Here is also a Shrines of Holy Sages, Shrine of Markandeya on Pavangad, Shrine of Muchhkunda on Vishalgad, and Shrine of Parasher on Panhalgad.
Keshavraj was found with deities of narsimha and was installed at the west bank of river at Tambve dist. sangli.; while deities of goddess Koljai placed on north bank of Krishna river at village Kole Gram. On the other hand Pimplai devil idol was placed at Rethre budrug. Al deities are worshipped as a ‘Gramdaivata’.
SRI KSHETRA MAHULI (100 km Away from Iskcon Aravade)
This is very famous pilgrimage for vaishnavas. The great acharya Bilva Mangala Thakur was residing in this place and also He wrote the famous book Krishna Karnamrita here.
Two rivers joining at this Location named Krishna & Venna. This village earlier was part of ‘Aundh Princely State’. There are 3 well known temples around the convergence of the rivers viz: Vishveshwar, Sangameshwar & Rameshwar.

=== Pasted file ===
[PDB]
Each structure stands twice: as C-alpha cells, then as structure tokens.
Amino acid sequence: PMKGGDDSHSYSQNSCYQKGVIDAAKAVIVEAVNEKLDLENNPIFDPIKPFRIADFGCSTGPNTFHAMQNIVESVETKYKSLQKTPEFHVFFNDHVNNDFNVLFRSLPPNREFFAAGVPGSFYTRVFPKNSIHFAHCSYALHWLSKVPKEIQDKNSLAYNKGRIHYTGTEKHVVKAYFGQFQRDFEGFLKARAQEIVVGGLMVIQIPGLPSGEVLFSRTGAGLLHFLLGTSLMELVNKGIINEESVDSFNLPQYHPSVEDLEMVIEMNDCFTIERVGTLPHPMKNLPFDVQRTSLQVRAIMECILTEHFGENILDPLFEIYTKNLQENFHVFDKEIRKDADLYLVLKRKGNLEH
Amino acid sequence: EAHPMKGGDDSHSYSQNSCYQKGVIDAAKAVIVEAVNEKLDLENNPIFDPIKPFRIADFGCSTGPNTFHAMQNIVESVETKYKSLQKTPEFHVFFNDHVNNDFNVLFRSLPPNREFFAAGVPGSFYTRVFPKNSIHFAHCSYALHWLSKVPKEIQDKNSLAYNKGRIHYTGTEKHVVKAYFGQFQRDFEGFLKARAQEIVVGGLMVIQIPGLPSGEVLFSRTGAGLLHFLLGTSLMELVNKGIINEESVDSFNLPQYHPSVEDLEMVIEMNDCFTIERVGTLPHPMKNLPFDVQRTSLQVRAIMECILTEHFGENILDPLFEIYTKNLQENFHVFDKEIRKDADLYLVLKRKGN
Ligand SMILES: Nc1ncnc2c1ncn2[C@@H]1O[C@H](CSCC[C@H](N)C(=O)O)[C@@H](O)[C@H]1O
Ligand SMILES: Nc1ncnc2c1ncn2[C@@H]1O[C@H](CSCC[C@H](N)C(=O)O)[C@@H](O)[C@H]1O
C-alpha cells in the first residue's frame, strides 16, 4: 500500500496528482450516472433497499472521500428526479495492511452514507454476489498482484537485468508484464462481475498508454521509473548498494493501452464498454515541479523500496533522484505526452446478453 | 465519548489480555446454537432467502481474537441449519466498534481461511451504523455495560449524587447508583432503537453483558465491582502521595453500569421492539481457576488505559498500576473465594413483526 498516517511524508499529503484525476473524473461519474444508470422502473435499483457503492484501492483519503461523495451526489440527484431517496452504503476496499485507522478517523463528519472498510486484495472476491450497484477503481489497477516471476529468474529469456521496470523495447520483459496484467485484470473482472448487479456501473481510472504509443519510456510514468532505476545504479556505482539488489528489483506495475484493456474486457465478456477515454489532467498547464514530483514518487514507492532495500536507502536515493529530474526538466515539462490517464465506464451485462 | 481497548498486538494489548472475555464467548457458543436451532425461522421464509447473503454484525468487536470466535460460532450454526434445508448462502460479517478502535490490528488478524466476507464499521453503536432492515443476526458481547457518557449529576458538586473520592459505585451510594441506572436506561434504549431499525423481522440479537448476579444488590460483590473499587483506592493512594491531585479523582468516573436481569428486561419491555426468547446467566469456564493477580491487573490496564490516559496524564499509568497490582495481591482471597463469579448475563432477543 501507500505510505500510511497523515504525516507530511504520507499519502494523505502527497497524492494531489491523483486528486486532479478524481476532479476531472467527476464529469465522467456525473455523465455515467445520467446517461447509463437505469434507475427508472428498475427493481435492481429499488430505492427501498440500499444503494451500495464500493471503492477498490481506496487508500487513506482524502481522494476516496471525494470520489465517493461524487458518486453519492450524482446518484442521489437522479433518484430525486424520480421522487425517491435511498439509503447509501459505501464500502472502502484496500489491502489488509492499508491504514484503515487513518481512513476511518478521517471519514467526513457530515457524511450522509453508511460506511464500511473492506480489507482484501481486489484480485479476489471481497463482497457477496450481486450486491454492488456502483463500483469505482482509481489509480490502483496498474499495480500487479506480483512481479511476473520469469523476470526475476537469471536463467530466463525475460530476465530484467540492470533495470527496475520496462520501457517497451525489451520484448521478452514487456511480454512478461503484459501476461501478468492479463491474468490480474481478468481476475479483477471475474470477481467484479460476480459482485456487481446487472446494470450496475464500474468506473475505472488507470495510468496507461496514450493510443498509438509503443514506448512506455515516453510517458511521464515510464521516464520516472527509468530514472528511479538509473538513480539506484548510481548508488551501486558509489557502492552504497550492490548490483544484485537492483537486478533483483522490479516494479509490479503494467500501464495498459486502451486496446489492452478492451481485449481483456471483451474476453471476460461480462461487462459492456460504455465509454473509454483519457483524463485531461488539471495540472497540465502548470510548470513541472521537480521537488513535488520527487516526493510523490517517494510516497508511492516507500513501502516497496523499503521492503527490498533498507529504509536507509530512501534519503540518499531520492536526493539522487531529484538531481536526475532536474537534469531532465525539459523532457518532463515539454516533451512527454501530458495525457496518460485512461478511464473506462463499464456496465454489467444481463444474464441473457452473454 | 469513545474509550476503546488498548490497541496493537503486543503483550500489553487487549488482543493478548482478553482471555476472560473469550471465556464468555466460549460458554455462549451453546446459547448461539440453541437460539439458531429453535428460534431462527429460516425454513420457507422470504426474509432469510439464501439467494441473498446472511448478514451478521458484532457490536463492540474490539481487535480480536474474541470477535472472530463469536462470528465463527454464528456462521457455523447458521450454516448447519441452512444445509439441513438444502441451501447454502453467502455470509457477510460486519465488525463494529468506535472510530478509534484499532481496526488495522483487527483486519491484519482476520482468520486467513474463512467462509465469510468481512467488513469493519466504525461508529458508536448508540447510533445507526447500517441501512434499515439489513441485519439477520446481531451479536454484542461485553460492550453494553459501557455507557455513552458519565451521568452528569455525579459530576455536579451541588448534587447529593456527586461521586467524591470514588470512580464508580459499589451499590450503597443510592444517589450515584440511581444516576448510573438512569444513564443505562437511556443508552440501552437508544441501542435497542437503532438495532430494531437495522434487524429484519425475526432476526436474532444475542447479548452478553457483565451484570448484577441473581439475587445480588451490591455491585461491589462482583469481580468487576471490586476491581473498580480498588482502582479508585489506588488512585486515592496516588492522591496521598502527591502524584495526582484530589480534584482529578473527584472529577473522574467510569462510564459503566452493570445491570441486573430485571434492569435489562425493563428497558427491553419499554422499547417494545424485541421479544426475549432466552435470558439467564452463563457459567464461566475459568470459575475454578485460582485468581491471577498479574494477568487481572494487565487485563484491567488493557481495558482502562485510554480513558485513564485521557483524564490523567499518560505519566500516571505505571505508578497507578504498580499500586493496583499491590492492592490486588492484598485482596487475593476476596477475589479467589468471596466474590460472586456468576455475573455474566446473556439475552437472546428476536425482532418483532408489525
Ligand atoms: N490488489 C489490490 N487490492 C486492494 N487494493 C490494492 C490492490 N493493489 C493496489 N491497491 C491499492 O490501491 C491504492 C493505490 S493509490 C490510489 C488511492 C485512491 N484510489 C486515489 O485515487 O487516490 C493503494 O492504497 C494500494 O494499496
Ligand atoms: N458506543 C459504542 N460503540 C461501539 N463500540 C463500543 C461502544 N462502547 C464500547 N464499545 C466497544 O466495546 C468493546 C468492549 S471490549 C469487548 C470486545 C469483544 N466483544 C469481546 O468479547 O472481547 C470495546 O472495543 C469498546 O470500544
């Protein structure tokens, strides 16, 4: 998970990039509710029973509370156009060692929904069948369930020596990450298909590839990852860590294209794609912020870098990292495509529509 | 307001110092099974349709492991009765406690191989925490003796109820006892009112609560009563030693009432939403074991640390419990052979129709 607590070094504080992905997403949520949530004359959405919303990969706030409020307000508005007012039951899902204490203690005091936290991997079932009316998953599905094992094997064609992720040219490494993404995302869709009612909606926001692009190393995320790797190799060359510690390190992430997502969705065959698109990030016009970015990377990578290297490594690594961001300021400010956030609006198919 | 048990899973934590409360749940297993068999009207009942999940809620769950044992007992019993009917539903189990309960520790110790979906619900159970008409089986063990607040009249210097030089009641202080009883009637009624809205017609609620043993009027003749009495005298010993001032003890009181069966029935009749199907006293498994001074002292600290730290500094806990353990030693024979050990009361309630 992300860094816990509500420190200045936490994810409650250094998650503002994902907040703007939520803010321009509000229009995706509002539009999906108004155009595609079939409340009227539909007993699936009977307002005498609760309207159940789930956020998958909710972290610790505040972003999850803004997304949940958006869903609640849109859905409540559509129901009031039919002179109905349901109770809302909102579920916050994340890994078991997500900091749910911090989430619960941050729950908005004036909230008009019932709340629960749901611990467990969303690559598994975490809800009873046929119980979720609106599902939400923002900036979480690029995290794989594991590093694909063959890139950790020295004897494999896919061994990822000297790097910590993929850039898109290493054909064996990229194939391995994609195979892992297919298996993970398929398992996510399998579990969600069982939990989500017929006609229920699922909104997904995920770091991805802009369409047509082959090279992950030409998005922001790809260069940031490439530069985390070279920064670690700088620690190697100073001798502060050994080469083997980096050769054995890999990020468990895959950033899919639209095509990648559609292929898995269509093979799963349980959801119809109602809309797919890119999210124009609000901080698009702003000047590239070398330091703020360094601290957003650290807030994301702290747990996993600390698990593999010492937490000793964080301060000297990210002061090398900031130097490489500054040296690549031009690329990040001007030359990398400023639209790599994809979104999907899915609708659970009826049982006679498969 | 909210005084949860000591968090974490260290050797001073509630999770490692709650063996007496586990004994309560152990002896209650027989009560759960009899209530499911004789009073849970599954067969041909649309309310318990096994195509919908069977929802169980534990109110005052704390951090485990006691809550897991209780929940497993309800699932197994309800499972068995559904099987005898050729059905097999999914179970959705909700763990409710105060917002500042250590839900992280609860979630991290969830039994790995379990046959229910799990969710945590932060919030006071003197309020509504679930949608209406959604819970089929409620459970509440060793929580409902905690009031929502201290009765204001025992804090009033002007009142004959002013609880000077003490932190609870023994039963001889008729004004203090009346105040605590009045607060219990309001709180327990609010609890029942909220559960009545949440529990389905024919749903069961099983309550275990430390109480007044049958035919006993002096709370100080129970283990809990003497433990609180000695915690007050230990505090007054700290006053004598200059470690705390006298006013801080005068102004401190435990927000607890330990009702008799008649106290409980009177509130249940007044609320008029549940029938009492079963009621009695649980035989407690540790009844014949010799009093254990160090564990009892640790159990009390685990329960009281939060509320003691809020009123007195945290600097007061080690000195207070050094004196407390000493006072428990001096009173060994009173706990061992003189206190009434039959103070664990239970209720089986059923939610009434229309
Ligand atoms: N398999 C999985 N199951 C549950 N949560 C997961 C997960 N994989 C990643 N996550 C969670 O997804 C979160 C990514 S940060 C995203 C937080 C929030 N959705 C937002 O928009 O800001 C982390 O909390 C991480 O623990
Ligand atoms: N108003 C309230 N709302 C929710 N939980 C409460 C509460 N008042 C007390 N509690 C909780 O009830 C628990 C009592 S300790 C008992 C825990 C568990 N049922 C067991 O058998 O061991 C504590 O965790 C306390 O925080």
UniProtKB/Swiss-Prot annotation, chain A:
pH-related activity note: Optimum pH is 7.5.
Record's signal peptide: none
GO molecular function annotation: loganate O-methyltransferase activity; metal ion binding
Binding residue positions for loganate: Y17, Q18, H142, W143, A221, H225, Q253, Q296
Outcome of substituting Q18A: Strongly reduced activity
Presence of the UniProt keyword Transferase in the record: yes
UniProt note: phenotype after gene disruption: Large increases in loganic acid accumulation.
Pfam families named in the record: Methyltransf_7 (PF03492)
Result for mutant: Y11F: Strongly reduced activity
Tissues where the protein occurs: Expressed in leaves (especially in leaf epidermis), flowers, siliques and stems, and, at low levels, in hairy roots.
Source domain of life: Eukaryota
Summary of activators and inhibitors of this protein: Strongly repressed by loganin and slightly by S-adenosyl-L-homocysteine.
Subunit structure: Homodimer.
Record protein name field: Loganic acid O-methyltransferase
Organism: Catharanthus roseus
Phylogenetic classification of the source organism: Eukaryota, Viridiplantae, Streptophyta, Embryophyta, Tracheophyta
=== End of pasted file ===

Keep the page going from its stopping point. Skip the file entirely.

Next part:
The other side of the river Krishna is called Kshetra Mahuli. Kshetra Mahuli is one of the Villages in Satara Taluk in Satara District in Maharashtra State. Kshetra Mahuli is located 5.3 km distance from its Taluk Main Town Satara. Kshetra Mahuli is 6.2 km far from its District Main City Satara. It is 196 km far from its State Main City Mumbai.
Shri Mahalakshmi of Kolhapur (100 km Away from Iskcon Aravade)
This is very famous temple of Maharashtra which is situated at west side Of Iskcon Aravade. This is temple of Mahalaxmi, which is incarnation of Srimati Radharani and she is external potency of Lord Krishna.
This is described in Chaitanya Charitamrita that Lord Chaitanya Mahaprabhu himself came here and had taken darshan of Mahalaxmi.
The Shri Mahalakshmi Temple of Kolhapur in Maharashtra, India, is one of the Shakti Peethas listed in various puranas of Hinduism. According to these writings, a Shakti Peetha is a place associated with Shakti, the goddess of power. The Kolhapur Shakti Peetha is of special religious significance being one of the six places where it is believed that one can either obtain salvation from desires or have them fulfilled. The temple takes its name from Mahalakshmi, the consort of Vishnu, and it is believed that the divine couple reside in the area.